Sunday, March 21, 2010

Malaysiakini-Baradan Kuppusamy: Creation of commercial hospital wings a mistake - critics

Creation of commercial hospital wings a mistake - critics
Baradan Kuppusamy
Mar 17, 10
A Malaysian government scheme to create commercial 'private wings' in major government hospitals has come under fire from critics, who say it will add to the burden of people who need public healthcare the most.

Already, campaigners have been opposing the privatisation of health care services in this South-east Asian country, a trend that involves the introduction of more 'efficient' market forces in a sector that has traditionally seen a larger public and state role.

The government is determined to fully implement the Full Paying Patients (FPP) programme in all major general hospitals within the year, saying that the pilot phase it carried out in two big hospitals over the past six months has been successful.
Privatisation under another name
But "it is a clever way of privatising health care," said Nasir Hashim (below), leader of a protest movement against the scheme and president of the Socialist Party of Malaysia. "The poor who already suffer from high cost of health care and rising food and living costs will suffer even further."

NONE"Not only will desperate patients further excluded but they will be forced to rely on precious savings to fund their healthcare needs," he said in an interview. "This is a form of backdoor privatisation."

"Such a scheme is fundamentally flawed and will only serve to deprive the low-income (groups) and poor of their right to specialist care," added S M Idris, president of the Consumers' Association of Penang. "Their basic human right is being taken away."

They also fear that the creation of the private wings will move the focus of government hospitals and specialists will shifts to paying customers instead of needy patients.

"Private healthcare in principle is to complement public healthcare and not assume the role of the public healthcare sector as the principle guardian of the people's health," opposition lawmaker Charles Santiago said.

Right now, major general hospitals have sections that are open to all patients who enjoy equal access to bed, medicine and specialists' care. But the new scheme would mean that specialists' care, operating theatres and other facilities would be open only to full-paying patients after 5 p.m. every day.
Major drive
The government of Prime Minister Najib Razak, who came to power in April 2009, is on a major drive to remove subsidies in order to accelerate free- market measures and make the country more attractive for foreign investors.

He is eager to cut back on deficit financing that has plagued the country since the 1997 Asian financial crisis, undertaking measures such as removing subsidies on oil and other petroleum products and introducing a new goods and service tax.

Making the egalitarian health care system, which is heavily subsidised, a self-paying one, is one of his goals.

NONESocial activists, lawyers and opposition lawmakers, including the Socialist Party of Malaysia, organised numerous protests against the FPP scheme this month.

Nasir, who led a large protest in several big hospitals and submitted memoranda listing the flaws of the FPP scheme, say that the despite Malaysia's wealth, nearly 60 percent of the country's 28 million people are considered to be in the lower-income groups.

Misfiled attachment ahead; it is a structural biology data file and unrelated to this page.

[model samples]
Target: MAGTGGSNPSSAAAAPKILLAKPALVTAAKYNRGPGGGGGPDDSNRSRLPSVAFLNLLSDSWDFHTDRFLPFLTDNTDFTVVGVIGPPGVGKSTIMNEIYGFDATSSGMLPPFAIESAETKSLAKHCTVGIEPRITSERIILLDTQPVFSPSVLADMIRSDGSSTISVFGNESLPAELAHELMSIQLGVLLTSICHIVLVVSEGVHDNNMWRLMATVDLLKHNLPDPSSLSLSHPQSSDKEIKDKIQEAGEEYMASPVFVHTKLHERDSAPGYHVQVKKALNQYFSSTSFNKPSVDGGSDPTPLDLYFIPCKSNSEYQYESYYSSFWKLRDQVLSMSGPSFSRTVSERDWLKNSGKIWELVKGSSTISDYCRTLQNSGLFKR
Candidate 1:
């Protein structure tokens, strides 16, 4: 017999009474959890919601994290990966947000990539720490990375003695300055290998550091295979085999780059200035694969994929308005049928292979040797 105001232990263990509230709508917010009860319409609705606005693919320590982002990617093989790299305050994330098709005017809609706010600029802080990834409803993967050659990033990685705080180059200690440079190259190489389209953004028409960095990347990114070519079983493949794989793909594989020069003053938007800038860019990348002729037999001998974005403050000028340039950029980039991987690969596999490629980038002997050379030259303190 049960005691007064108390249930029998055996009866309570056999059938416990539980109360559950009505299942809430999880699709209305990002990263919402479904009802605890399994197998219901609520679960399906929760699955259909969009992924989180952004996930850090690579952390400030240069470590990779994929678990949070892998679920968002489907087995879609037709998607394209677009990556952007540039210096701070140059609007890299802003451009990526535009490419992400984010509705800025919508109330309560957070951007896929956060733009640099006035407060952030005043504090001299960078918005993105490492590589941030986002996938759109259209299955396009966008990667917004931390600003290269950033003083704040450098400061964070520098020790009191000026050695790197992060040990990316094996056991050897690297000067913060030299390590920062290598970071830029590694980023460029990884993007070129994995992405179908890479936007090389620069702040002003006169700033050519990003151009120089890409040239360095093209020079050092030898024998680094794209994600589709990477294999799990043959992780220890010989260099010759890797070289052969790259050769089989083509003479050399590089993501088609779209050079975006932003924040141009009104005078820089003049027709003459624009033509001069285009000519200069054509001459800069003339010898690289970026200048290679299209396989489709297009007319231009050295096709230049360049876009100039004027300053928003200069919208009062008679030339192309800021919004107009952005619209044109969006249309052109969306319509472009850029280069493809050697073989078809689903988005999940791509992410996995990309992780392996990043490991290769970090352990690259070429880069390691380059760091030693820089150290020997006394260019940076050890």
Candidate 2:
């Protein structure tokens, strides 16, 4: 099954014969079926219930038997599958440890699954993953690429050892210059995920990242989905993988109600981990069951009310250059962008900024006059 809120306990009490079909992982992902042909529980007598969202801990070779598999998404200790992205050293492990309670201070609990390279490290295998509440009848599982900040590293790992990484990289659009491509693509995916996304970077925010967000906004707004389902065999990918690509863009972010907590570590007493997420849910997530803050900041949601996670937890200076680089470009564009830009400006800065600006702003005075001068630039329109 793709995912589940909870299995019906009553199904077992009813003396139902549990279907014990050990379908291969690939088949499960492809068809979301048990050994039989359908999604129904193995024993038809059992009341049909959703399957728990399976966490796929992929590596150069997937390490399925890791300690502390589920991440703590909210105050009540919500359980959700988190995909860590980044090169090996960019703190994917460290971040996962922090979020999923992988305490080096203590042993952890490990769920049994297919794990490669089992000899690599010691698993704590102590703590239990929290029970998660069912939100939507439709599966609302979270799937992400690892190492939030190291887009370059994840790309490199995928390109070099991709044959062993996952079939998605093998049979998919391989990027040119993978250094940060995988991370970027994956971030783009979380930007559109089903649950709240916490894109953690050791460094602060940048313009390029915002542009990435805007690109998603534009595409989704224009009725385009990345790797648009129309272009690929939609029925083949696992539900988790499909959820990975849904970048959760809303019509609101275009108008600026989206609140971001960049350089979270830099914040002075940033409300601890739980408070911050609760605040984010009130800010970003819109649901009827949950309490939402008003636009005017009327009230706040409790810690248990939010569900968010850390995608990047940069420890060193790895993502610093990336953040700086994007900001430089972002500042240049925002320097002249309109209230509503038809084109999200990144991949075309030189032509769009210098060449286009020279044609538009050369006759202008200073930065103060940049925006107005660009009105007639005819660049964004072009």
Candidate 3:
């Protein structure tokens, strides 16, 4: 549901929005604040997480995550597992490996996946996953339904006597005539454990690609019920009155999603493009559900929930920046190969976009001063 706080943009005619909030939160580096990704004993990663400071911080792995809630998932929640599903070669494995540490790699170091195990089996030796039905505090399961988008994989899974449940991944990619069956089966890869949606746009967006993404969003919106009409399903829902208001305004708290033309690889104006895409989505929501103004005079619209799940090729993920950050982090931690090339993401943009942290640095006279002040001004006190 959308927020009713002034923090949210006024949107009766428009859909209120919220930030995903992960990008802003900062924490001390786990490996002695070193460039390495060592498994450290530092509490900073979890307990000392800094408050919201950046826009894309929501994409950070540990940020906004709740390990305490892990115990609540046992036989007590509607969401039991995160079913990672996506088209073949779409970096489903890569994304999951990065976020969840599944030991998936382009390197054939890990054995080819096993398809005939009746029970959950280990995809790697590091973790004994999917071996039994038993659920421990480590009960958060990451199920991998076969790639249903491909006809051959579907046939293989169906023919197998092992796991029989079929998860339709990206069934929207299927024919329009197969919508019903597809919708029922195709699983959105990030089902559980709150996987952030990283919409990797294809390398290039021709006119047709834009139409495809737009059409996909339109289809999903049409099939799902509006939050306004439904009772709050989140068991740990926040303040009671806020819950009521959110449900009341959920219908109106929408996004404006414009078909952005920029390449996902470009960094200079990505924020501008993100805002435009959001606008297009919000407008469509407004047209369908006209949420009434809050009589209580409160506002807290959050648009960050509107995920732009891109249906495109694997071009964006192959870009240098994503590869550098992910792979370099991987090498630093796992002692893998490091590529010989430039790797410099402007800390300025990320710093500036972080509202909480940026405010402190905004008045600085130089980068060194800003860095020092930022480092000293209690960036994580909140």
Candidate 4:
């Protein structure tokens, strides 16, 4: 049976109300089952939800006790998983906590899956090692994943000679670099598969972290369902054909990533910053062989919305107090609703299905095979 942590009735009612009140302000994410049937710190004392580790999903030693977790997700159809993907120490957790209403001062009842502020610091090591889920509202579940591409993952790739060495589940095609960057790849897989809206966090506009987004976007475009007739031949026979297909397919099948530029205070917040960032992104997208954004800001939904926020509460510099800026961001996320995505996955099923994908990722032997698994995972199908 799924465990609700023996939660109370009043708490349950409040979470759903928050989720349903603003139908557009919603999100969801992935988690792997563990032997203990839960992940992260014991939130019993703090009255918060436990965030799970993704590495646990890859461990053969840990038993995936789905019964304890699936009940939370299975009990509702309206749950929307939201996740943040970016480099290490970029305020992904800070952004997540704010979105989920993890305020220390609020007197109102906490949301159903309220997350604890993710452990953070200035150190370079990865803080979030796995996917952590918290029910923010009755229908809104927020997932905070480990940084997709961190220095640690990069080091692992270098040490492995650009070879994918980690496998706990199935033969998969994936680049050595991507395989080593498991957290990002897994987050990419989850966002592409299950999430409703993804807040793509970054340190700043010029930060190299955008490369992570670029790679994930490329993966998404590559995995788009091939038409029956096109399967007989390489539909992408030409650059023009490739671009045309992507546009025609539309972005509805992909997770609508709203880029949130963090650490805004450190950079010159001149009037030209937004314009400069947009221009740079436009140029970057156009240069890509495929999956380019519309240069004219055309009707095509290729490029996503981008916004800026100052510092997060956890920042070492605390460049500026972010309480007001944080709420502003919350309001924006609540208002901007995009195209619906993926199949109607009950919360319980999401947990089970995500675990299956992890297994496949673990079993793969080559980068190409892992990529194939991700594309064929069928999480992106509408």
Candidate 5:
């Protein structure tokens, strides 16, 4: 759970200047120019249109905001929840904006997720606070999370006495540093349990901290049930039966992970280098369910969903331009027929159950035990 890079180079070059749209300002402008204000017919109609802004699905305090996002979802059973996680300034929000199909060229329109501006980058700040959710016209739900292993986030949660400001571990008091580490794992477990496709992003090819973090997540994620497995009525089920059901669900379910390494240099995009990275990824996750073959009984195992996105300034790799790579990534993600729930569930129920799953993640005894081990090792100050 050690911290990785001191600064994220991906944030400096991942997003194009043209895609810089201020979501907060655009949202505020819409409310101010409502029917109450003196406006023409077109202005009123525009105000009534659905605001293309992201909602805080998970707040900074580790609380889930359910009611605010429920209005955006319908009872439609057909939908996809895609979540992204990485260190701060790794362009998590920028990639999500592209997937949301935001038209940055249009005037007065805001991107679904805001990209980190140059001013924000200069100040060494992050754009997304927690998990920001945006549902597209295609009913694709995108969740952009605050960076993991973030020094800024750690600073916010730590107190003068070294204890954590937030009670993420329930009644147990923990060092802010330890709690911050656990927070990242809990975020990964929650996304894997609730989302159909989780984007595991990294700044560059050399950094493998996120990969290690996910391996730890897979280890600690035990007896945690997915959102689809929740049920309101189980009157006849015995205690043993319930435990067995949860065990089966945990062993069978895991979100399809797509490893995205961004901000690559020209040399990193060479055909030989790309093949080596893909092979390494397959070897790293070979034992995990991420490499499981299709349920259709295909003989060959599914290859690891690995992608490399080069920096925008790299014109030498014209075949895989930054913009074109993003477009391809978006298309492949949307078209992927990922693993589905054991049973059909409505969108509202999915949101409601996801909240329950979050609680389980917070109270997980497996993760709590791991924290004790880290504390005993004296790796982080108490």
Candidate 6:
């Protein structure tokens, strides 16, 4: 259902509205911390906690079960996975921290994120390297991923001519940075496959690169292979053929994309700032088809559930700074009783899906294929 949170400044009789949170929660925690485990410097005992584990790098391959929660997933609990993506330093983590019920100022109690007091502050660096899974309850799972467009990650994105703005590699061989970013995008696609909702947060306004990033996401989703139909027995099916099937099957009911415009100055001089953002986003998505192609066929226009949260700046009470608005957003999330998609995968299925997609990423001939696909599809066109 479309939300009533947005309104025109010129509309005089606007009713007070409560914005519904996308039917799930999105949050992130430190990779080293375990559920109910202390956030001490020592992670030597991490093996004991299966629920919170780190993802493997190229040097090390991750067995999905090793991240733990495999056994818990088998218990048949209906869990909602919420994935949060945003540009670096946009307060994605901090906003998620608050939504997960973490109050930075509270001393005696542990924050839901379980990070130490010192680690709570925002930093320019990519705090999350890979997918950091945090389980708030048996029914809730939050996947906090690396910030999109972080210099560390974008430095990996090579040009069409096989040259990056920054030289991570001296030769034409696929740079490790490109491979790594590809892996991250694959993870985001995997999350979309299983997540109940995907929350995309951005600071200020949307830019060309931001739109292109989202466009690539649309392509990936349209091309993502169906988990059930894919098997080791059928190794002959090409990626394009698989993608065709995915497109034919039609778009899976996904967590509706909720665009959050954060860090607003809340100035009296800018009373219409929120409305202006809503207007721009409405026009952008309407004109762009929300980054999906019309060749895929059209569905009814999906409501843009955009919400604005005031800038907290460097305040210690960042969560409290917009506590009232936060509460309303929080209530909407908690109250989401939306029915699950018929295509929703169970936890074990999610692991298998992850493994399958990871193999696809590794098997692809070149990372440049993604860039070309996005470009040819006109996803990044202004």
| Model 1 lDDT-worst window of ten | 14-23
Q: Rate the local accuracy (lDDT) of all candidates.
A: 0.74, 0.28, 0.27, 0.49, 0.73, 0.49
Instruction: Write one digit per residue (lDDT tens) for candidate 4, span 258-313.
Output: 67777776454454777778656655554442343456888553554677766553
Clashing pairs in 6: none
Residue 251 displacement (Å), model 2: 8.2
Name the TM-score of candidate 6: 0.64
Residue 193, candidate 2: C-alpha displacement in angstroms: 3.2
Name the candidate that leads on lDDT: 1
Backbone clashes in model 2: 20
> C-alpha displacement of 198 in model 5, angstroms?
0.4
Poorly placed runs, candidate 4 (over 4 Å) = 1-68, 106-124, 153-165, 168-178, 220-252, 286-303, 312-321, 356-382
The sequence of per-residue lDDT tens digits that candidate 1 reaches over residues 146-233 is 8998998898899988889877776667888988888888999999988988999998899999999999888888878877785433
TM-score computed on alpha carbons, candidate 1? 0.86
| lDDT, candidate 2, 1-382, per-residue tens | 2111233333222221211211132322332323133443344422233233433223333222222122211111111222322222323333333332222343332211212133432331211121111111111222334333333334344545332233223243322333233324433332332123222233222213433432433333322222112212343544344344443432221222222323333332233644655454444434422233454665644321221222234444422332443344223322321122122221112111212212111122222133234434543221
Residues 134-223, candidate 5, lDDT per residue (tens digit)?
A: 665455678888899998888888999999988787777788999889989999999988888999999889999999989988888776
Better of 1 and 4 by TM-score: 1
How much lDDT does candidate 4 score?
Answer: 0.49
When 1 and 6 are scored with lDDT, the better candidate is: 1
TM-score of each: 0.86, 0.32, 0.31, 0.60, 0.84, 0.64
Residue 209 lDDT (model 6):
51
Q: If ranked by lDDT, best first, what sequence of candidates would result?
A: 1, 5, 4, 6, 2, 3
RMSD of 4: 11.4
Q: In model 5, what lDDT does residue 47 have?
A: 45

Another four million foreign migrant workers – documented and undocumented - also depend on the same stretched and outdated health system and would feel the impact of the FPP scheme.

"The FPP scheme ignores quality foster care and treatment of patients who depend on regular public hospitals for their needs," Nasir said. "We want the scheme cancelled."

pakatan cij parliament pc 131108 charles santiagoSantiago (left) argued, "This abrogation of duty of the government to citizens is seen in the corporatisation privatisation schemes under the Najib administration. The scheme is the first step in the eventual privatisation of the public healthcare sector."
Poor might have to pay
Critics fear that poor patients might end up paying services and charges that are now provided free in government hospitals, such as medicines, board and lodging, surgical procedures, nursing, use of equipment and administrative costs.

"All these charges when added are exorbitant and beyond the means of many Malaysians," Santiago said.

In a country already suffering from perennial shortages of medical personnel, the FPP scheme could well be an additional push factor that encourages doctors, nurses and specialists to move to the private sector.

There are 6,400 medical vacancies in the public sector, with a 2008 doctor- patient ratio of one to 1,105 patients.

Overworked doctors
As a result, medical officers in the public sector are heavily overworked and doctors often see up to 150 patients a day, Idris says. "With FPP, doctors will come under additional pressure."

NONES Arulchelvam, secretary general of the Socialist Party, says that the FPP would result in discrimination in treating paying and non-paying patients. "The public-private mix would lend itself to corrupt practices as in the case in some countries where health care is a mix between public and private care," he added. "The net benefit for the poor will be less access and a further erosion of equity."

"Those who cannot afford to pay full rates should be given discounts or, in the poorest cases, free treatment. Patients in the second-class and those in first-class should pay a large percentage of the costs of treatment," Arulchelvam said.

"This way, the primary role of public hospitals to offer equitable and accessible healthcare to all citizens is maintained. There will be a conflict of interest if the already overburdened public healthcare resources are further diluted to cater for private wings," Idris explained.


No comments: